B.C. passed into law Thursday protections for people whose intimate images are shared online without their consent. And while it’s a worthwhile step toward empowering victims to get their images removed from the Internet, several hours of debate in the legislature also revealed it will not be simple, or easy, to actually implement the law in the real world.
Attorney General Niki Sharma and Opposition critic Mike de Jong spent several hours walking through the bill over two days this week.
It is supposed to work like this: A person whose images are shared online without permission can apply to B.C.’s Civil Resolution Tribunal (or B.C. Supreme Court) and get an order, which can then be used to legally compel a website or tech company to take the material down. It will also be easier to sue for compensation.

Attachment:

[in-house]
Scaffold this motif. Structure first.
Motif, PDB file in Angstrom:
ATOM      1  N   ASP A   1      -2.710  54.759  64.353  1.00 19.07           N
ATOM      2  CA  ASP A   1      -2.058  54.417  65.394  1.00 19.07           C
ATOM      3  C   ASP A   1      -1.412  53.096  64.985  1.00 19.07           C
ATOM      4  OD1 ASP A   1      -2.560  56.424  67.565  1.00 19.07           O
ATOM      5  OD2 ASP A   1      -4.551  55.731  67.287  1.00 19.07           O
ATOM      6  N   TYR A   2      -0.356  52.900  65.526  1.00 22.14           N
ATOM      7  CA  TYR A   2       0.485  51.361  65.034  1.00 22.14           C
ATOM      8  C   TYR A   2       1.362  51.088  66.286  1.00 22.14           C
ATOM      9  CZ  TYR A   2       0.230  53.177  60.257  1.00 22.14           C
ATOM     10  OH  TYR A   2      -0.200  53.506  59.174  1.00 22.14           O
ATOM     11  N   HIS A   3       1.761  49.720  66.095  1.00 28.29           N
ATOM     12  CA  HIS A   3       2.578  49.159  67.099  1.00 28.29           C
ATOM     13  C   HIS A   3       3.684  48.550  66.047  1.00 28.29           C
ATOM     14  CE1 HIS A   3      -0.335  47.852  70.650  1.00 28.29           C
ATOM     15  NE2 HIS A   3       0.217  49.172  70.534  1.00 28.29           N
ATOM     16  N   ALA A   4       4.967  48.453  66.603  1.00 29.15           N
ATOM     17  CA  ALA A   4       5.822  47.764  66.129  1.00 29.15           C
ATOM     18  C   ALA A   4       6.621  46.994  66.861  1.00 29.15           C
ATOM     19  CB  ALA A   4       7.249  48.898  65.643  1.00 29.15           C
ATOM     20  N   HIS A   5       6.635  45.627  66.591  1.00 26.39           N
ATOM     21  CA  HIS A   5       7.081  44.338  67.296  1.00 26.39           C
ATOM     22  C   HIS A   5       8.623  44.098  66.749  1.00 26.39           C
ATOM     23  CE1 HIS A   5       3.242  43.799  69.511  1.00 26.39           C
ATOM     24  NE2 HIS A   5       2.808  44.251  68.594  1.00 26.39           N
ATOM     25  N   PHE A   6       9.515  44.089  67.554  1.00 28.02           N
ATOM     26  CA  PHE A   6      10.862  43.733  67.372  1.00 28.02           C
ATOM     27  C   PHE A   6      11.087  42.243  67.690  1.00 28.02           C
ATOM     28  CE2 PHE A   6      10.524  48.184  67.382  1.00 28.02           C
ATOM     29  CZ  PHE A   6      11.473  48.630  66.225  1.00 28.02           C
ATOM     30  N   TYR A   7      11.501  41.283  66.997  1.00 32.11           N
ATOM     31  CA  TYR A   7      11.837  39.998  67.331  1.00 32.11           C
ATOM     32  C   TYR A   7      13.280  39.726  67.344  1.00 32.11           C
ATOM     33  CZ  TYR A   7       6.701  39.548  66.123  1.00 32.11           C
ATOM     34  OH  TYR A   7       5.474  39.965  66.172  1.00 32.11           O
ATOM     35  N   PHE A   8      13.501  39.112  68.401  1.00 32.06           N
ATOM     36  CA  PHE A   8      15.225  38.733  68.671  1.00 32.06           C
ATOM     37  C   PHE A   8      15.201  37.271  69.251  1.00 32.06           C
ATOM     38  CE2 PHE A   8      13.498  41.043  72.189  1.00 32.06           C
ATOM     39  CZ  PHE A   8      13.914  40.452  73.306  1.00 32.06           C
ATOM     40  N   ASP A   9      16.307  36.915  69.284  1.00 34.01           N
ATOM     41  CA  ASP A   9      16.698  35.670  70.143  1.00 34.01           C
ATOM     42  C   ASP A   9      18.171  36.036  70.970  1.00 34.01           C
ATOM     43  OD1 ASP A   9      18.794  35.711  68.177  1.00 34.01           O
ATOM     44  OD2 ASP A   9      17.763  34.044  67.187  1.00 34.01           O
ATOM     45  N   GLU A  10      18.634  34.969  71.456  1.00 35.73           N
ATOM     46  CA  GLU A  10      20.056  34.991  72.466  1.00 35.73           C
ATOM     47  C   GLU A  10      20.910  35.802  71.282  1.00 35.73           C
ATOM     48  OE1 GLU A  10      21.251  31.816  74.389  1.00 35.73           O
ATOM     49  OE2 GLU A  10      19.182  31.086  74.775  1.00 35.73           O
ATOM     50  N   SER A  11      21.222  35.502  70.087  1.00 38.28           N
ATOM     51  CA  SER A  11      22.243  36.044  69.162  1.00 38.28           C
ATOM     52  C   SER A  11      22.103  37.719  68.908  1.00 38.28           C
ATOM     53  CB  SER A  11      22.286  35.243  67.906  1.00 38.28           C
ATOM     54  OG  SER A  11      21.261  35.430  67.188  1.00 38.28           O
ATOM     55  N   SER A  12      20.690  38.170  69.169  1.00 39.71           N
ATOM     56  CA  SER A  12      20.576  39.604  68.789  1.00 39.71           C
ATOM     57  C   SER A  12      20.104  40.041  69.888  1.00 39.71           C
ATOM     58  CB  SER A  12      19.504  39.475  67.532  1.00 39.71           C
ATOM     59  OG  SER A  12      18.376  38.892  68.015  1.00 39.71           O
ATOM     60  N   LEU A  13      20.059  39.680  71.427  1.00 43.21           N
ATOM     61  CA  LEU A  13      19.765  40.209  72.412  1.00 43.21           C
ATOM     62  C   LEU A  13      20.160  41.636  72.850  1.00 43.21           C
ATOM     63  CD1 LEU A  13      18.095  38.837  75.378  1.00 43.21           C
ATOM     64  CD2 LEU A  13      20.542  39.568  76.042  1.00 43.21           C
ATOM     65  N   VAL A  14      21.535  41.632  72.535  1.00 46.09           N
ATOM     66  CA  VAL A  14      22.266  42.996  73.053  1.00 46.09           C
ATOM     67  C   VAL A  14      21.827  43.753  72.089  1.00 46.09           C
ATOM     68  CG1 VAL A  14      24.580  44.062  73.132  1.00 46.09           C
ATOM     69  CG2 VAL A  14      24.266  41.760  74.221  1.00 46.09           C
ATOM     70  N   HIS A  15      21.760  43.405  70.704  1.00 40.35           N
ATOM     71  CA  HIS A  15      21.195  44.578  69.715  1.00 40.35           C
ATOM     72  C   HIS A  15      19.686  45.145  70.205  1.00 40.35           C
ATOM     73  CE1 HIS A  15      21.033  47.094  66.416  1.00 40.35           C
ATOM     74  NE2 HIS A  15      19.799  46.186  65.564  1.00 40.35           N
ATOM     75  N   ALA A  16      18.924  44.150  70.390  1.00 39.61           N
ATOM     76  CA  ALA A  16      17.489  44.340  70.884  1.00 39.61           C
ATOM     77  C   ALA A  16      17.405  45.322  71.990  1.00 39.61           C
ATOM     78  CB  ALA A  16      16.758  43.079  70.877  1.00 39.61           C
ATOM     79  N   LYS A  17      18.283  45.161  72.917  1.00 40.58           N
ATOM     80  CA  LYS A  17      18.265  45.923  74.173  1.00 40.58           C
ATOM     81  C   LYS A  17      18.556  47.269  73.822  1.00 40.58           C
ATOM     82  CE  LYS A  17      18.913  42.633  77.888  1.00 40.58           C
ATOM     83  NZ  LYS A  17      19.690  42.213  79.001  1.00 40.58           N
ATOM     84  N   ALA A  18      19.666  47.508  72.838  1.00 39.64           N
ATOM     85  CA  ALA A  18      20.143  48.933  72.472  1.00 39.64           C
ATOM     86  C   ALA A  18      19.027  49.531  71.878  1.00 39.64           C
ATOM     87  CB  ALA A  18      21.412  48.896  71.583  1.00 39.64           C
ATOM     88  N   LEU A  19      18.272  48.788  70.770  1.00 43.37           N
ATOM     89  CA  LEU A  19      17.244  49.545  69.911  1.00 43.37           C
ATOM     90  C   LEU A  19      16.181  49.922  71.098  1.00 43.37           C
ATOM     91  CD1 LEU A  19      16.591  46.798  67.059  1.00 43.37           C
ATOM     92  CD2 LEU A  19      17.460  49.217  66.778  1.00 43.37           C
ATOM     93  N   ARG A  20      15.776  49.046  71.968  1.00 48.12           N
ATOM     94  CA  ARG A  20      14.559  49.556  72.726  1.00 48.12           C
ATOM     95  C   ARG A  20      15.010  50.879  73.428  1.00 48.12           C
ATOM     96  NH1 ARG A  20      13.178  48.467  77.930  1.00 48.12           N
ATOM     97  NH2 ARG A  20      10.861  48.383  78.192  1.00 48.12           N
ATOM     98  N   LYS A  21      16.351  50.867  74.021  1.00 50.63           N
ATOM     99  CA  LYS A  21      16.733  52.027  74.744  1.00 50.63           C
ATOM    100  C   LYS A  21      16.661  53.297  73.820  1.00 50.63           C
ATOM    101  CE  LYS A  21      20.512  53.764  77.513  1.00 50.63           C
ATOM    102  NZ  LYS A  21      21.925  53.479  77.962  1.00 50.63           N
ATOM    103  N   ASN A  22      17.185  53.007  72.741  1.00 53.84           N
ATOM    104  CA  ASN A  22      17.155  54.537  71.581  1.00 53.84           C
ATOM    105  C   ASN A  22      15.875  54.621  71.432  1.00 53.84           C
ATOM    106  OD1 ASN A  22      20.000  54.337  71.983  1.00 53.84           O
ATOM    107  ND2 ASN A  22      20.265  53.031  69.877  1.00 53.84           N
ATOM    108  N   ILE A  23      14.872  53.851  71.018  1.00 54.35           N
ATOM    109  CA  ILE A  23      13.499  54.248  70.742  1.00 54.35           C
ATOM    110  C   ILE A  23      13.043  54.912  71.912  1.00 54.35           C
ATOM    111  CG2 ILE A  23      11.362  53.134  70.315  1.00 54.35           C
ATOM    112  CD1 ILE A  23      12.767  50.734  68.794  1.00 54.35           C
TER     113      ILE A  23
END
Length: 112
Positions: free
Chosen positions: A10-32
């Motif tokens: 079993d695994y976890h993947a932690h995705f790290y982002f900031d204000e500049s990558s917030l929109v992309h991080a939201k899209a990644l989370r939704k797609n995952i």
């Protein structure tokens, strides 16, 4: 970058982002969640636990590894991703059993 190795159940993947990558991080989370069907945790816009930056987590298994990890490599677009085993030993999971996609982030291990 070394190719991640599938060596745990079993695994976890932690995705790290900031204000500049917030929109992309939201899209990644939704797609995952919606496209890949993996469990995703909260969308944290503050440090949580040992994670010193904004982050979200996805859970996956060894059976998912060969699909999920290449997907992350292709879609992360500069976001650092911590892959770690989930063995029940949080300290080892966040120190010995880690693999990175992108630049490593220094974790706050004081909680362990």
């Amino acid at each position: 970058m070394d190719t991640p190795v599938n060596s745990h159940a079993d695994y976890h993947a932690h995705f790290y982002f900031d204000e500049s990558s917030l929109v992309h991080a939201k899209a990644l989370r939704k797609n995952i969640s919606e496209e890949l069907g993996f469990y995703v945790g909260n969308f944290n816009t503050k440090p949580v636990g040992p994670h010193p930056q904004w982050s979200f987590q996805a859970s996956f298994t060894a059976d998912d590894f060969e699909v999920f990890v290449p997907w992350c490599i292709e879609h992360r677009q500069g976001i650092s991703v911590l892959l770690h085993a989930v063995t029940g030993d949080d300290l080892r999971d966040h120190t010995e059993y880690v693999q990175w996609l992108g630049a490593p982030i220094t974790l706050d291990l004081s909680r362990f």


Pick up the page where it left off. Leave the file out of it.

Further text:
Those intimate images include ones artificially generated (often called deepfakes) as well as material where a person’s face is obscured or hidden.
All admirable in intent.
Yet it was quickly apparent during debate that much is going to be left to the courts and adjudicators to define, on the fly, case by case, until enough precedents and rulings are formed to solidify the backbone of the government initiative.
That may take years. Which makes it hard to determine whether the law, as it stood before the legislature this week, truly hits the mark.
Take, for example, the definition of “consent” — a central part of the new law. How someone gives consent to share an image, whether it be verbal, written, implied, passive, or active, is not addressed.